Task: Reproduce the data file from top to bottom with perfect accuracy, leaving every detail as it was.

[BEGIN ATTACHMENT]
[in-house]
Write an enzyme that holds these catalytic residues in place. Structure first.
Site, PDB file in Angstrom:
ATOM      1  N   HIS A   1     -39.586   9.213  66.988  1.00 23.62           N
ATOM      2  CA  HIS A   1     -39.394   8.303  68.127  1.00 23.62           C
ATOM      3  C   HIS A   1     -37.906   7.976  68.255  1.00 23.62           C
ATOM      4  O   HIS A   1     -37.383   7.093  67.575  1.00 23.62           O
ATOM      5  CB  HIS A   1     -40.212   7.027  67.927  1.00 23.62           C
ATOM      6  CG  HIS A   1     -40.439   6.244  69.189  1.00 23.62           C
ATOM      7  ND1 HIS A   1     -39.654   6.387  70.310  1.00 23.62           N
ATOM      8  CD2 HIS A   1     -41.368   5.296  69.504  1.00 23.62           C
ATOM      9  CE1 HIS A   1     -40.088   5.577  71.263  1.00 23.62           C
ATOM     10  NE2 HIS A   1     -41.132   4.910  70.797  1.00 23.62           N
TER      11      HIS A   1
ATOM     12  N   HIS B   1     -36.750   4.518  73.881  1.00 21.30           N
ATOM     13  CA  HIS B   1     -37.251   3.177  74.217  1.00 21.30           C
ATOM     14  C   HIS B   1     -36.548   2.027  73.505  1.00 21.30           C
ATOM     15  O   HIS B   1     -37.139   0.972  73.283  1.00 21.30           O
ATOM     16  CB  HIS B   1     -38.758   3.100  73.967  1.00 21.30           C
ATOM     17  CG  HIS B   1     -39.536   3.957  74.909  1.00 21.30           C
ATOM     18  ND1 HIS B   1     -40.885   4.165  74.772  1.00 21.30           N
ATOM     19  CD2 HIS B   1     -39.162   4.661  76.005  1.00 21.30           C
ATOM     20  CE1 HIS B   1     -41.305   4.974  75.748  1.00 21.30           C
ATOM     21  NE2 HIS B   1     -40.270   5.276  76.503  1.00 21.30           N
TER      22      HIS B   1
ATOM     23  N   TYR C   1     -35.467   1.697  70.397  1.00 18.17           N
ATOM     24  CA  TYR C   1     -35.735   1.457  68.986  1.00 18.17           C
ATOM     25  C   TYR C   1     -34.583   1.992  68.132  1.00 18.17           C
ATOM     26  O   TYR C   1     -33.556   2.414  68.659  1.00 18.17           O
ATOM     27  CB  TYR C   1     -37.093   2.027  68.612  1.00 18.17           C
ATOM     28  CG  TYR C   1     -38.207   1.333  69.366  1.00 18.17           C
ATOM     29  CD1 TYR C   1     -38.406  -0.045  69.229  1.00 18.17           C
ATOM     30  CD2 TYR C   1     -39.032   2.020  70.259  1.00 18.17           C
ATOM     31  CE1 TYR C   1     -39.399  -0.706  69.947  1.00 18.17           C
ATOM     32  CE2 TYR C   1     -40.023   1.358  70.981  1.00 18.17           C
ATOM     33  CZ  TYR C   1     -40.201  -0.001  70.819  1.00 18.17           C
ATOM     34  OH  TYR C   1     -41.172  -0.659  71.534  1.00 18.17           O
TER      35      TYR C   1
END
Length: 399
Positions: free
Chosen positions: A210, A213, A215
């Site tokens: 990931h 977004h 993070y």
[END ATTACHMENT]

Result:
[in-house]
Write an enzyme that holds these catalytic residues in place. Structure first.
Site, PDB file in Angstrom:
ATOM      1  N   HIS A   1     -39.586   9.213  66.988  1.00 23.62           N
ATOM      2  CA  HIS A   1     -39.394   8.303  68.127  1.00 23.62           C
ATOM      3  C   HIS A   1     -37.906   7.976  68.255  1.00 23.62           C
ATOM      4  O   HIS A   1     -37.383   7.093  67.575  1.00 23.62           O
ATOM      5  CB  HIS A   1     -40.212   7.027  67.927  1.00 23.62           C
ATOM      6  CG  HIS A   1     -40.439   6.244  69.189  1.00 23.62           C
ATOM      7  ND1 HIS A   1     -39.654   6.387  70.310  1.00 23.62           N
ATOM      8  CD2 HIS A   1     -41.368   5.296  69.504  1.00 23.62           C
ATOM      9  CE1 HIS A   1     -40.088   5.577  71.263  1.00 23.62           C
ATOM     10  NE2 HIS A   1     -41.132   4.910  70.797  1.00 23.62           N
TER      11      HIS A   1
ATOM     12  N   HIS B   1     -36.750   4.518  73.881  1.00 21.30           N
ATOM     13  CA  HIS B   1     -37.251   3.177  74.217  1.00 21.30           C
ATOM     14  C   HIS B   1     -36.548   2.027  73.505  1.00 21.30           C
ATOM     15  O   HIS B   1     -37.139   0.972  73.283  1.00 21.30           O
ATOM     16  CB  HIS B   1     -38.758   3.100  73.967  1.00 21.30           C
ATOM     17  CG  HIS B   1     -39.536   3.957  74.909  1.00 21.30           C
ATOM     18  ND1 HIS B   1     -40.885   4.165  74.772  1.00 21.30           N
ATOM     19  CD2 HIS B   1     -39.162   4.661  76.005  1.00 21.30           C
ATOM     20  CE1 HIS B   1     -41.305   4.974  75.748  1.00 21.30           C
ATOM     21  NE2 HIS B   1     -40.270   5.276  76.503  1.00 21.30           N
TER      22      HIS B   1
ATOM     23  N   TYR C   1     -35.467   1.697  70.397  1.00 18.17           N
ATOM     24  CA  TYR C   1     -35.735   1.457  68.986  1.00 18.17           C
ATOM     25  C   TYR C   1     -34.583   1.992  68.132  1.00 18.17           C
ATOM     26  O   TYR C   1     -33.556   2.414  68.659  1.00 18.17           O
ATOM     27  CB  TYR C   1     -37.093   2.027  68.612  1.00 18.17           C
ATOM     28  CG  TYR C   1     -38.207   1.333  69.366  1.00 18.17           C
ATOM     29  CD1 TYR C   1     -38.406  -0.045  69.229  1.00 18.17           C
ATOM     30  CD2 TYR C   1     -39.032   2.020  70.259  1.00 18.17           C
ATOM     31  CE1 TYR C   1     -39.399  -0.706  69.947  1.00 18.17           C
ATOM     32  CE2 TYR C   1     -40.023   1.358  70.981  1.00 18.17           C
ATOM     33  CZ  TYR C   1     -40.201  -0.001  70.819  1.00 18.17           C
ATOM     34  OH  TYR C   1     -41.172  -0.659  71.534  1.00 18.17           O
TER      35      TYR C   1
END
Length: 399
Positions: free
Chosen positions: A210, A213, A215
């Site tokens: 990931h 977004h 993070y």